ANALYSIS OF BUDGET RISKS. In keeping with the guidance received, the FY 95 budget request represents a minimalist approach. needs of offices that rely upon H.I.S. may not be fully satisfied. The areas where support to House offices may be delayed due to resource availability are these:
104th Congress Office Moves. H.I.S. shares responsibilities with office system vendors to remove and re-install systems in conjunction with new Congress office moves.
House Backbone Network. There are a limited number of FDDI router connections available.
Customer Service. Offices will need to become more selfsufficient as H.I.S. support staff are spread over a wider
Internet Access. Offices will look to H.I.S. for software, support, and training to exploit the Internet. H.I.S. cannot ensure that all offices will have optimal backbone network connections for Internet access.
ISIS Implementation. Demand for ISIS access will be limited by H.I.S.'s ability to expand the common "server computer" infrastructure on which its design is based.
District Office Support. Through networking, Members are distributing more work to district staff. H.I.S. resources for supporting remote users are extremely limited. Support Office Systems. House support offices require systems improvements that will tax H.I.S. resources. MicroMin Modernization. Redesign is needed to make this system work up to its potential in the Washington-district network mode.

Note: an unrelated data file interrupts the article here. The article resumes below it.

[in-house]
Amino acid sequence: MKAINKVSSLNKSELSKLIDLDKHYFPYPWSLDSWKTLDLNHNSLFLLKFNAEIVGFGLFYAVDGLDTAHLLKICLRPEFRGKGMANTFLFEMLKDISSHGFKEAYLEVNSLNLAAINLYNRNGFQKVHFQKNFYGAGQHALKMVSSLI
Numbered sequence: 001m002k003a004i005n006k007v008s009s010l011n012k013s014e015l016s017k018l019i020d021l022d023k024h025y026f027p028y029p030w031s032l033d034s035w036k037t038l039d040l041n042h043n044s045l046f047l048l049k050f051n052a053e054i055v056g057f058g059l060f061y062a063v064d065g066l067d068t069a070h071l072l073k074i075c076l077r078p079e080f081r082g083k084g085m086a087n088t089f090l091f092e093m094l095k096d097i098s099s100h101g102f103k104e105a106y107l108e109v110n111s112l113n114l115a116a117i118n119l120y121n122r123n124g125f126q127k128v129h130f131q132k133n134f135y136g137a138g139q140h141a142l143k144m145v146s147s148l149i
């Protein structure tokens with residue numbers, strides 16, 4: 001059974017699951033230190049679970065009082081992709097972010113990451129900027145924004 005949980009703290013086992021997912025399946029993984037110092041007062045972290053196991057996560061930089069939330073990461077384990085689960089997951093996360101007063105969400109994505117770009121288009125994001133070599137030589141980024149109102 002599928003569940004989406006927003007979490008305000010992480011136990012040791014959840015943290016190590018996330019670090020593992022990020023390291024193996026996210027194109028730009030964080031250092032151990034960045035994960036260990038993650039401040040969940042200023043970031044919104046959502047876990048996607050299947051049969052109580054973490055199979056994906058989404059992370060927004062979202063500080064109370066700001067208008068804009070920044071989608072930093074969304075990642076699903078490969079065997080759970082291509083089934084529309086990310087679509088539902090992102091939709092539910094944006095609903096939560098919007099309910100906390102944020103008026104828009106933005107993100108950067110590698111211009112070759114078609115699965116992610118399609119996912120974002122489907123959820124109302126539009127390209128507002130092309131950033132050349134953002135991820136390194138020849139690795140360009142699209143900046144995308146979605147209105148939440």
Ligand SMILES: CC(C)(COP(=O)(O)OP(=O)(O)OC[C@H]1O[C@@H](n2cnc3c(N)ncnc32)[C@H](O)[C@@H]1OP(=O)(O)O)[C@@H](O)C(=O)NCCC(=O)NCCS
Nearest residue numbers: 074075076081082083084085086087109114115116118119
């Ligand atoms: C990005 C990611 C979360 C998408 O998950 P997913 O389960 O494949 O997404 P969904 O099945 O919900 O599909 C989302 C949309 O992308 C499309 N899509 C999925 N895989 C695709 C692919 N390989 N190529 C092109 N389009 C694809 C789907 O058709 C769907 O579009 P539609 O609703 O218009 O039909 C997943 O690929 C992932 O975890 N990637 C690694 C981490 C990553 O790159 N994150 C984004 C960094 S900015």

The proposed budget will sustain current H.I.S. services and allow continuation of a multi-year program instituted to upgrade the data communication, computing and information infrastructure needed by Members and Committees. The focus of the following discussion is to provide an understanding of H.I.S.'s plans and objectives for FY 95. Appendix B outlines the breadth and depth of the baseline of systems and services provided to House offices by H.I.S. Appendix C contains narrative highlights of H.I.S. accomplishments during FY 93. The two taken together provide the background for the proposed budget.
H.I.S. Roles and Responsibilities.
H.I.S. has two roles. First, it is a service provider responding to and anticipating the specific information system and support needs of Members, Committees and Officers. Second, H.I.S. provides an infrastructure of shareable databases and networks.
As House offices have increasingly turned to computers and networks to improve their operations, H.I.S.'s responsibilities have grown as well. Virtually every office and operation in the House now make use of the "invisible services" provided by H.I.S. on which House Members and staff have come to rely.
The first is to protect
H.I.S. has two main responsibilities. the reliability and maintain the performance and capacity of the computers, networks, and related services on which the House depends for its day-to-day operations. The second is to seek additional improvements through technology. How H.I.S. supports these responsibilities is explained below.